Proceed slowly when introducing new cat
Dear Dr. Spiegel,
We have a four year old female spayed black house cat. One year ago, I befriended a wild male alley cat. I had him fixed and he turns out to be a good friend.
Problem: The female does not like him. When she sees him, she hisses and strikes at him, but he wants to play. When outdoors, he likes to chase her. The female doesn't lay her ears back or puff up her tail like she wants to fight.
Anything I can do to make them be friends?
This is a time of year when new cats and kittens will be added to many households across the country.
The range of relationships that can develop when new individuals are introduced to a household can run the full range of the spectrum from best friends... sharing and doing everything together..., to all out war as in "I'm gonna kill you if it's the last thing I do."
Cats are territorial creatures [and some are clearly more driven by this motivational factor than others]. Some are content sharing a small space. Others want to possess and dominate everything in their midst.
Some cats are naturally more sociable than others. While some cats are particularly playful, others just want a warm, comfortable place to nap and view the outside world. Matching personality traits and individual animals' needs/wants are factors that should be considered when deciding whether or not one of those "Free to Good Home" kittens or "Friendly, Lovable Cat Needs Home" cats can live in peace and comfort in your already occupied by cat(s) household.
Existing territorial problems in a multicat household can often be remedied; but it requires an essential understanding of a multiplicity of factors which contribute to and underscore the current problems in any given situation. So unfortunately, I do not, at this point, have sufficient information on which to make sound treatment recommendations for your present problems, B.S.
However, your letter does provide an ideal opportunity to get others help in properly introducing new cats/kittens to a household with any other cats.
Imagine that you are your cat (or one of your cats). You are comfortable and familiar with your environment. You know when and where you'll be fed. You know where your litter box is, and you know which windows have the best view and where to find warm/sunny spots through the course of the day. All of a sudden, there is a stranger in your home. This new cat doesn't know anyone yet and doesn't know the house rules. Cats can often respond to the stress of new living arrangements by fighting, hiding, or eliminating inappropriately. In this new fearful situation, the newcomer (usually), or sometimes one of the resident cats, is likely to growl or hiss at one of the other cats. This cat will likely growl back and the posturing can easily escalate into a full-blown cat fight. This is not the way to start a friendly and lasting relationship.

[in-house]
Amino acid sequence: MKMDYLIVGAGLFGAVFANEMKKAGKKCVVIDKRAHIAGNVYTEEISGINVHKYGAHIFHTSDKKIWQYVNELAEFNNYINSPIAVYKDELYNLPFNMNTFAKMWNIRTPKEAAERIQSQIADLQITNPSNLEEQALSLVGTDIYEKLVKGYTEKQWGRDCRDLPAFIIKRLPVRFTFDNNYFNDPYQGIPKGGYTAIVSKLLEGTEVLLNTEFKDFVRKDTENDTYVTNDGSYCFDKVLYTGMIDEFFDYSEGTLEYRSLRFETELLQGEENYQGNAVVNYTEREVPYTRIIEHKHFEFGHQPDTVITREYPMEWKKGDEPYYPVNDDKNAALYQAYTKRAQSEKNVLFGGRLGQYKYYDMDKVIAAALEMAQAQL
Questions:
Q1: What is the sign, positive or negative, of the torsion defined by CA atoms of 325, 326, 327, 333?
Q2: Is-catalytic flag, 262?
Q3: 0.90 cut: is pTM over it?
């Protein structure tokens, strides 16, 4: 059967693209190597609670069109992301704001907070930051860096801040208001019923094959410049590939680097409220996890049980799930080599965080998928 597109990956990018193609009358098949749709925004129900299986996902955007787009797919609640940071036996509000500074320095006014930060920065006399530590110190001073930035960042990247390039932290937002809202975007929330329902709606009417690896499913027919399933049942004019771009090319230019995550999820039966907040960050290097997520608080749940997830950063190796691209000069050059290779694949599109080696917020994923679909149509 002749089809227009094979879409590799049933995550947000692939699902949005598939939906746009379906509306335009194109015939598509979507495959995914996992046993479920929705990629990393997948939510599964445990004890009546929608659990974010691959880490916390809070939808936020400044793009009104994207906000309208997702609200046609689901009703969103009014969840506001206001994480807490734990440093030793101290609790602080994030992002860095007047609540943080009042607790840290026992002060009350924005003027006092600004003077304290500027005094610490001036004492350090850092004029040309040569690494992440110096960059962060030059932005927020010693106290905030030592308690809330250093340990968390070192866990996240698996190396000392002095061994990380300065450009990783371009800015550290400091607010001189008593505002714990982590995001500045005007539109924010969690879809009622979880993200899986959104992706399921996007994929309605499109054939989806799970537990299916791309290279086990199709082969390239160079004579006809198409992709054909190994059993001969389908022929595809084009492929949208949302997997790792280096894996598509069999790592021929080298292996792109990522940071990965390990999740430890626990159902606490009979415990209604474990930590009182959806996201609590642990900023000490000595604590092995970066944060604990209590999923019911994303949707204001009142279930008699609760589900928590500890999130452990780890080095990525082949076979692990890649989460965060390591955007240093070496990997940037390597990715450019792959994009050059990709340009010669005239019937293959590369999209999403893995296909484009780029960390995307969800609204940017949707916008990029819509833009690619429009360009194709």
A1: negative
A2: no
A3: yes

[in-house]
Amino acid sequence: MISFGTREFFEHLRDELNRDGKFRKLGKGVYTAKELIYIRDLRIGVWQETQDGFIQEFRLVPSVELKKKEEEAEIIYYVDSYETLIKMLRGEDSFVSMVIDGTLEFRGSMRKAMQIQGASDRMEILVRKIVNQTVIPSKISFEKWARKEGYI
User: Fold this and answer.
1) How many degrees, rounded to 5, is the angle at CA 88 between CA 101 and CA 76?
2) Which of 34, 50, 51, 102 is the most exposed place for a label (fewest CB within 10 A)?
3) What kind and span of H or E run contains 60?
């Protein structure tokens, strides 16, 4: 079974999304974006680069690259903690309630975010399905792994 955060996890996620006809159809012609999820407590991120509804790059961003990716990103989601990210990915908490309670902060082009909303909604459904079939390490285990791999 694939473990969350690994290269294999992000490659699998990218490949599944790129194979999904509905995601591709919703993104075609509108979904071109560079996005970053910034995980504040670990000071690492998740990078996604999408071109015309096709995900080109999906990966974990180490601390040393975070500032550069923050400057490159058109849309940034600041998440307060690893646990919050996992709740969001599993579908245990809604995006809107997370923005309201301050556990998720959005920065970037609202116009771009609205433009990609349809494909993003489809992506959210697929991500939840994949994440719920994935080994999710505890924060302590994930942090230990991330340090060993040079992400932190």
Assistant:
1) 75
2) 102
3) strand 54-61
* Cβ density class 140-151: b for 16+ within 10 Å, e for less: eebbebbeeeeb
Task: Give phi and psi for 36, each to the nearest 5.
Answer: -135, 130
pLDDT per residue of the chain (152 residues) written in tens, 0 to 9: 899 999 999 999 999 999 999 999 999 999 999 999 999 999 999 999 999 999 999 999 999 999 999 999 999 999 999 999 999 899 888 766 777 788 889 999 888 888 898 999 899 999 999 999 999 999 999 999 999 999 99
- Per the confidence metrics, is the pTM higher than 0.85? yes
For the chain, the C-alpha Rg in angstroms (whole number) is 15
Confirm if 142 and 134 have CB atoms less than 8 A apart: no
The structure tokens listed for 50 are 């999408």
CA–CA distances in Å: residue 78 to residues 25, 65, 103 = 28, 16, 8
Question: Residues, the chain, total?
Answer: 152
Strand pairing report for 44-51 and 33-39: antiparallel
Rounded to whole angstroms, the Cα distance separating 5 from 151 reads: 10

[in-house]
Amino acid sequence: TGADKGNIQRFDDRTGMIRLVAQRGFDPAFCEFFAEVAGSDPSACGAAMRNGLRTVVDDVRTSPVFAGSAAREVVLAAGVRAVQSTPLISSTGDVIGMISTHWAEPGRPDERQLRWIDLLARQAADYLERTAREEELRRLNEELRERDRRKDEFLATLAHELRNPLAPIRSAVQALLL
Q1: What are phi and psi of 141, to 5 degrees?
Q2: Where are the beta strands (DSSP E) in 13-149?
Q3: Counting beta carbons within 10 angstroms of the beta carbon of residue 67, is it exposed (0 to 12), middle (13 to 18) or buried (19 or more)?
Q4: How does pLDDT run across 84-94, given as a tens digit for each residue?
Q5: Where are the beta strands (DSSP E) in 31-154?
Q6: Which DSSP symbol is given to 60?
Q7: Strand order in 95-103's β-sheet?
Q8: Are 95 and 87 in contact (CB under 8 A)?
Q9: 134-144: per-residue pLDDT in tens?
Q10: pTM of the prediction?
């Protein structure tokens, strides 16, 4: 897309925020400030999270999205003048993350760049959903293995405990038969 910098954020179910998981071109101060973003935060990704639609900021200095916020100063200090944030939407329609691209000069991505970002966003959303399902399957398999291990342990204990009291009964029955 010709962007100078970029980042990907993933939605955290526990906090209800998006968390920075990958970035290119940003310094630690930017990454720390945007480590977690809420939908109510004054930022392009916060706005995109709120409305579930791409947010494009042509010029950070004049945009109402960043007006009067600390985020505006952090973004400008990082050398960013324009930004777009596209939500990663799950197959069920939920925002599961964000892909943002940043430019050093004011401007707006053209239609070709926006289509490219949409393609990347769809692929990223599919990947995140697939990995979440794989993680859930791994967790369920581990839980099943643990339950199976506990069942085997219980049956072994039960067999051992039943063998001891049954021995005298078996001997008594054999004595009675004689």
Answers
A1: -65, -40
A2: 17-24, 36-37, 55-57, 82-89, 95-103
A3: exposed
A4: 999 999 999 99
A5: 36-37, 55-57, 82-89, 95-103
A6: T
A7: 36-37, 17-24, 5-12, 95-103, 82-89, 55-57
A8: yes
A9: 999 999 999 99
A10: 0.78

Taking preventative measures can go a long way to maximize the likelihood of your resident cats accepting a new family member, while giving the newcomer time to acclimate to its new surroundings.
First choose the right cat. Look for a cat that is confident, friendly, and not too aggressive around other cats. If you go to a shelter, watch to see how the cats interact with each other. Kittens can be much less threatening to an older cat; however, many older, settled cats may not like the over exuberance of a growing kitten. If the cat you get is six months or older, have it neutered before bringing it into your home. Also have it tested for FeLV and FIV by your vet, and have it vaccinated for rabies and common cat diseases.
Introducing cats should be done in a gradual systematic fashion in which pleasurable experiences (food/attention/play) are associated with the other cat(s).
If possible have two rooms that can be used for temporary quarters for the new cat. Put a litter box, food and water (not too close to the box), and a comfortable bed in the room for the new cat, and keep the door closed. When you bring the cat home, put other cats away ahead of time so that you can take the cat to its room without encountering the other cat(s). Close the door securely and go visit your other cats. They will smell the new cat on you. Give them treats at this time.
Each day alternate which room the newcomer is in. This will give your resident cats a chance to smell the new cat and rub their own scent on objects. Allowing this behavior helps prevent more dramatic displays of territorial behavior.
Twice daily feed the cats on opposite sides of the door to the new cats room, and twice daily play with the cats on opposite sides of the door.
So far, you've given the cats a chance to become desensitized to the smells and sounds of the other cat. When they all seem particularly relaxed with this process, begin to expose them to the sight of each other by securing the door open 1/2 inch, then 1 inch, then 1 and 1/2 inch, etc. with a hook and eye. Continue with regular play and feeding exposures through the door. When you are ready to let the newcomer out, be there to watch for any hissing/growling. If this occurs, put the newcomer back in its room and proceed more slowly.
This gradual introduction process can take a few days to several weeks depending on the cats involved. While this may seem slow and tedious, it is time well spent to insure a harmonious household for years to come.